The District has the lowest car use for journeys to work and the highest proportion of walking and cycling to and from work across the region. Around one in 10 people walk to work19. A third of all trips, including for recreation and shopping, are walking trips20

Cycling for short trips to centres, transport interchanges and local services such as schools and health facilities will free road capacity for people who need to travel further by road and public transport.

Transport for NSW will focus on completing key missing links in the bicycle network within 10 kilometres of the metropolitan centres and five kilometres of strategic centres.

Transport for NSW is establishing the Principal Bicycle Network which will provide high quality, high priority cycling routes across Greater Sydney. This is in addition to coordinating the Sydney Regional Bike Network, a network of safe, connected and direct cycleways within a 10-kilometre radius of the Harbour CBD. The bike network will be integrated with the Greater Sydney Green Grid.

Regional and local routes in councils' bicycle plans including the Inner Sydney Regional Bike Network will connect to the Principal Bicycle Network resulting in a seamless and safe network of paths.

Cycling improvements underway or being planned within, and to, the District are:

  • Inner Sydney Regional Bicycle Network
  • better access to the northern and southern approaches to the Sydney Harbour Bridge
  • Inner West links
  • South East Light Rail links
  • Sydney Airport links
  • Inner West Greenway missing links between Iron Cove Bridge and Cooks River.

Where walking and cycling are not viable, local public transport links for the first and final parts of commutes will reduce car dependency and encourage a shift towards public transport use.

Centennial Park

Designing adaptable infrastructure

Innovation and the digital economy are dramatically changing the way people and goods move around Greater Sydney and providing more efficient service delivery.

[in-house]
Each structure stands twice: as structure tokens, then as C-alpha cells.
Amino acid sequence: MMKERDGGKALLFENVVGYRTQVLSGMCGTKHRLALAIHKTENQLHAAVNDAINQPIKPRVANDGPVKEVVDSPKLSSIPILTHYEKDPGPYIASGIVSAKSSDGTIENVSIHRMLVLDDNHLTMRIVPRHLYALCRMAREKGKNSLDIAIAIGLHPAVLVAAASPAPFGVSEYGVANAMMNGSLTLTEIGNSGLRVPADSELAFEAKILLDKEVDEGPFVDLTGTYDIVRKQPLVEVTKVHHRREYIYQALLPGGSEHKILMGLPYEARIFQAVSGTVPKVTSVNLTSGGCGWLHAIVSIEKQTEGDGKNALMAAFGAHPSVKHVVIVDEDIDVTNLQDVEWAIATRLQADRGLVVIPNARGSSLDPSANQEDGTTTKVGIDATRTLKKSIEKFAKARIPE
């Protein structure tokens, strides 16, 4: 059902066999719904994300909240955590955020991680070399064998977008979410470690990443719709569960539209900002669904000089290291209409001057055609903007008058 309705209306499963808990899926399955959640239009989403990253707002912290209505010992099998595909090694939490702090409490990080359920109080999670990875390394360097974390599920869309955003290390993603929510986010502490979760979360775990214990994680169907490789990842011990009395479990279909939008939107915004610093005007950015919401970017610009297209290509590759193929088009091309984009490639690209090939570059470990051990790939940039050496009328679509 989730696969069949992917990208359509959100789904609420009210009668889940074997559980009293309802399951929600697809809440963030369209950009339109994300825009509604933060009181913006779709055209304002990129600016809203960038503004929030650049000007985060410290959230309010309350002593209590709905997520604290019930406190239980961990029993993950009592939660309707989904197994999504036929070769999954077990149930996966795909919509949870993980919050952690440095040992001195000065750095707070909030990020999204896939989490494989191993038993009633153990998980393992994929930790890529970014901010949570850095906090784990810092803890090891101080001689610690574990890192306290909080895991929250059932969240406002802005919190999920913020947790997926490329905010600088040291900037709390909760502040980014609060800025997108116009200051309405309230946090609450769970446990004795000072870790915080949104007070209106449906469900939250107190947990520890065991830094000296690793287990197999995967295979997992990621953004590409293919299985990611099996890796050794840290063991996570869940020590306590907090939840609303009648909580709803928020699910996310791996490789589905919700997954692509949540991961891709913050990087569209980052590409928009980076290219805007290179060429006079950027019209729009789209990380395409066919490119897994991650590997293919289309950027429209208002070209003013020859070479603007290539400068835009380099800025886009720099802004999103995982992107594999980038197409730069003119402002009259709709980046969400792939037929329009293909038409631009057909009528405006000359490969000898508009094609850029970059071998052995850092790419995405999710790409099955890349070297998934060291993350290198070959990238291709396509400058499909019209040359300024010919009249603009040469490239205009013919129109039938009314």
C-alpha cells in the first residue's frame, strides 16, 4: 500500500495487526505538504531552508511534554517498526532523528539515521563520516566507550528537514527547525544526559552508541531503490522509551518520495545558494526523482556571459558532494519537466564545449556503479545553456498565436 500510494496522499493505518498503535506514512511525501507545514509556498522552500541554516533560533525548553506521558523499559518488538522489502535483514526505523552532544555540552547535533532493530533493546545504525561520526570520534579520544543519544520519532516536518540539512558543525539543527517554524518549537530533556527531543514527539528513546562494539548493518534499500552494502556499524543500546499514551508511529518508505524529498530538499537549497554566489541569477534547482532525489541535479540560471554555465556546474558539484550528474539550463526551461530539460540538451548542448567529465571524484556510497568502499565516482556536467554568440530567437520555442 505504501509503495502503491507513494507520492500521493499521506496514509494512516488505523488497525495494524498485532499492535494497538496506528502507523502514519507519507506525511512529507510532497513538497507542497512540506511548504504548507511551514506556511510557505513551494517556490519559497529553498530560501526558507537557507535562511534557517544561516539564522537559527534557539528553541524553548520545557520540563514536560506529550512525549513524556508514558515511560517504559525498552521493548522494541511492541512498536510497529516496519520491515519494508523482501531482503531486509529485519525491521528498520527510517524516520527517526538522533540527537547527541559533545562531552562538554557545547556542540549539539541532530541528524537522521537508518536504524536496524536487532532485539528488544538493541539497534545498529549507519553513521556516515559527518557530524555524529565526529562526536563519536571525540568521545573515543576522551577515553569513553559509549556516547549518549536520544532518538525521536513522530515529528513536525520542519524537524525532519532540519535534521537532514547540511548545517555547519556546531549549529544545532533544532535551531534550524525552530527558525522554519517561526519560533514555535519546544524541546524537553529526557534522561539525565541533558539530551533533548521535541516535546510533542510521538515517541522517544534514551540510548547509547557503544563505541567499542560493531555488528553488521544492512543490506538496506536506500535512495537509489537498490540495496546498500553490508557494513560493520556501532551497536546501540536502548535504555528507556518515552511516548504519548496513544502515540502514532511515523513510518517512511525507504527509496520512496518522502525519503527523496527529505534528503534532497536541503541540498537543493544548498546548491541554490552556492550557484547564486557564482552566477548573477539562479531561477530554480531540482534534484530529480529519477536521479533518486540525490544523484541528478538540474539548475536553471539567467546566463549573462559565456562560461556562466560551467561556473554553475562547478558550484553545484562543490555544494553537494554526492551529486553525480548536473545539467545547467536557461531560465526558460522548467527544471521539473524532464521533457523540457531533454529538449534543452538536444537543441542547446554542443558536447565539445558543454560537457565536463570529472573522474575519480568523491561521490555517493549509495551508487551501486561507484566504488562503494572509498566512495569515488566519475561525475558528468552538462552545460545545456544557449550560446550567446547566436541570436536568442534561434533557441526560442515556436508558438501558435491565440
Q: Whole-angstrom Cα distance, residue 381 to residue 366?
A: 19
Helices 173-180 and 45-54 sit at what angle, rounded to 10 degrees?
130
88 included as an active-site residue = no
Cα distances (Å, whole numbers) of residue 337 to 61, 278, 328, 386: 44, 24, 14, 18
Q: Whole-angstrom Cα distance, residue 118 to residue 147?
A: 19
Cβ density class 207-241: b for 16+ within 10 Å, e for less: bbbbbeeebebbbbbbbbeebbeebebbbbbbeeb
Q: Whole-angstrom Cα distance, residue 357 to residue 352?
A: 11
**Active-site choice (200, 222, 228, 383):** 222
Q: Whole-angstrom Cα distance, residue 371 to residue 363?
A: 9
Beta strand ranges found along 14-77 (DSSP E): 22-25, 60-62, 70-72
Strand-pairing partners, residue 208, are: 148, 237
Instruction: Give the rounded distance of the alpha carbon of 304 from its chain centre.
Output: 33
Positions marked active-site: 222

Technological advances have created new mobility options including automated vehicles, assisted mobility devices such as e-bikes, automated trains and buses, and enhanced aerial mobility. Strategic planning must harness innovation and accommodate new technologies to create new opportunities for improved productivity and accessibility to jobs, goods and services.

Throughout Greater Sydney, there are many examples where councils and State agencies are embracing new technologies to promote adaptable infrastructure. For example, Blacktown Council is investing in smart poles where electric vehicle drivers can charge their cars for free. Transport for NSW is trialling a driverless passenger bus to observe how automated vehicles can improve the mobility of customers and interact with other people. In planning for adaptable infrastructure, opportunities for more flexible design of streets and public spaces must be considered; planning must also consider car parking strategies.

The NSW Government is introducing intelligent technology, known as a managed motorway system, to Sydney's motorways. Work has commenced on the M4 Smart Motorway project, which will use real-time information, communication and traffic management tools to maximise the performance of the motorway and provide a safer, smoother and more reliable journey.

Optimising infrastructure assets

To make the most of existing infrastructure assets, planning must constantly explore opportunities to support behaviour change, unlock infrastructure capacity and manage demand, and use land more efficiently by co-locating similar or mixed services or utilities. New technologies provide opportunities for better management of traffic and contribute to more efficient use of existing infrastructure.


Integrate land use and transport plans to deliver the 30-minute city.

Councils, other planning authorities and State agencies


Investigate, plan and protect future transport and infrastructure corridors.

Councils, other planning authorities and State agencies


Support innovative approaches to the operation of business, educational and institutional establishments to improve the performance of the transport network.

Councils, other planning authorities and State agencies


Plan for urban development, new centres, better places and employment uses that are integrated with, and optimise opportunities of, the public value and use of Sydney Metro City & South West, CBD and South East Light Rail, and Westconnex as well as other city shaping projects.

Councils, other planning authorities, State agencies and State-owned corporations


Investigate and plan for the land use implications of potential long-term regional transport connections.

Councils, other planning authorities and State agencies